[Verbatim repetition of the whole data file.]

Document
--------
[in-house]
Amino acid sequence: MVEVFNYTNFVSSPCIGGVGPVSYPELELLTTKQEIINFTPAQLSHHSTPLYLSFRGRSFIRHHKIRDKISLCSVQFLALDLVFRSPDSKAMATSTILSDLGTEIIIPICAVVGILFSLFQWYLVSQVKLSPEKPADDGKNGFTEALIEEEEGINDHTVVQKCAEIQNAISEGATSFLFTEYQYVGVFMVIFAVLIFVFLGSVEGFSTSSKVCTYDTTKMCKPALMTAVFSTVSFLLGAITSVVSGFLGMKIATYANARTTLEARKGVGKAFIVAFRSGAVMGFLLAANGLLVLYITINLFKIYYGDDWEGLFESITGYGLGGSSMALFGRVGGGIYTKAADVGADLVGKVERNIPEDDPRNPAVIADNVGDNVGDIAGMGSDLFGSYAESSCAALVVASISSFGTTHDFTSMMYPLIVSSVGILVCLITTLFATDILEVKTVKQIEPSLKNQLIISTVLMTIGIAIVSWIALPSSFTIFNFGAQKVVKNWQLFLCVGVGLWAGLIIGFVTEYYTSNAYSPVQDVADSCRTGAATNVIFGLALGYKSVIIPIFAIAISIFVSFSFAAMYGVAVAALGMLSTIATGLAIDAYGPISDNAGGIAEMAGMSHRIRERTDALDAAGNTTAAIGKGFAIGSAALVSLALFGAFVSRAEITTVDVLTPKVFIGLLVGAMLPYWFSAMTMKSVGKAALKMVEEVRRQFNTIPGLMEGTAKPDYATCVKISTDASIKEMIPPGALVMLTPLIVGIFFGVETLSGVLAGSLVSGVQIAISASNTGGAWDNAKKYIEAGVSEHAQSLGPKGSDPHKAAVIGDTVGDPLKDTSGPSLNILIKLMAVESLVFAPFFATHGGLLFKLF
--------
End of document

[in-house]
Amino acid sequence: MVEVFNYTNFVSSPCIGGVGPVSYPELELLTTKQEIINFTPAQLSHHSTPLYLSFRGRSFIRHHKIRDKISLCSVQFLALDLVFRSPDSKAMATSTILSDLGTEIIIPICAVVGILFSLFQWYLVSQVKLSPEKPADDGKNGFTEALIEEEEGINDHTVVQKCAEIQNAISEGATSFLFTEYQYVGVFMVIFAVLIFVFLGSVEGFSTSSKVCTYDTTKMCKPALMTAVFSTVSFLLGAITSVVSGFLGMKIATYANARTTLEARKGVGKAFIVAFRSGAVMGFLLAANGLLVLYITINLFKIYYGDDWEGLFESITGYGLGGSSMALFGRVGGGIYTKAADVGADLVGKVERNIPEDDPRNPAVIADNVGDNVGDIAGMGSDLFGSYAESSCAALVVASISSFGTTHDFTSMMYPLIVSSVGILVCLITTLFATDILEVKTVKQIEPSLKNQLIISTVLMTIGIAIVSWIALPSSFTIFNFGAQKVVKNWQLFLCVGVGLWAGLIIGFVTEYYTSNAYSPVQDVADSCRTGAATNVIFGLALGYKSVIIPIFAIAISIFVSFSFAAMYGVAVAALGMLSTIATGLAIDAYGPISDNAGGIAEMAGMSHRIRERTDALDAAGNTTAAIGKGFAIGSAALVSLALFGAFVSRAEITTVDVLTPKVFIGLLVGAMLPYWFSAMTMKSVGKAALKMVEEVRRQFNTIPGLMEGTAKPDYATCVKISTDASIKEMIPPGALVMLTPLIVGIFFGVETLSGVLAGSLVSGVQIAISASNTGGAWDNAKKYIEAGVSEHAQSLGPKGSDPHKAAVIGDTVGDPLKDTSGPSLNILIKLMAVESLVFAPFFATHGGLLFKLF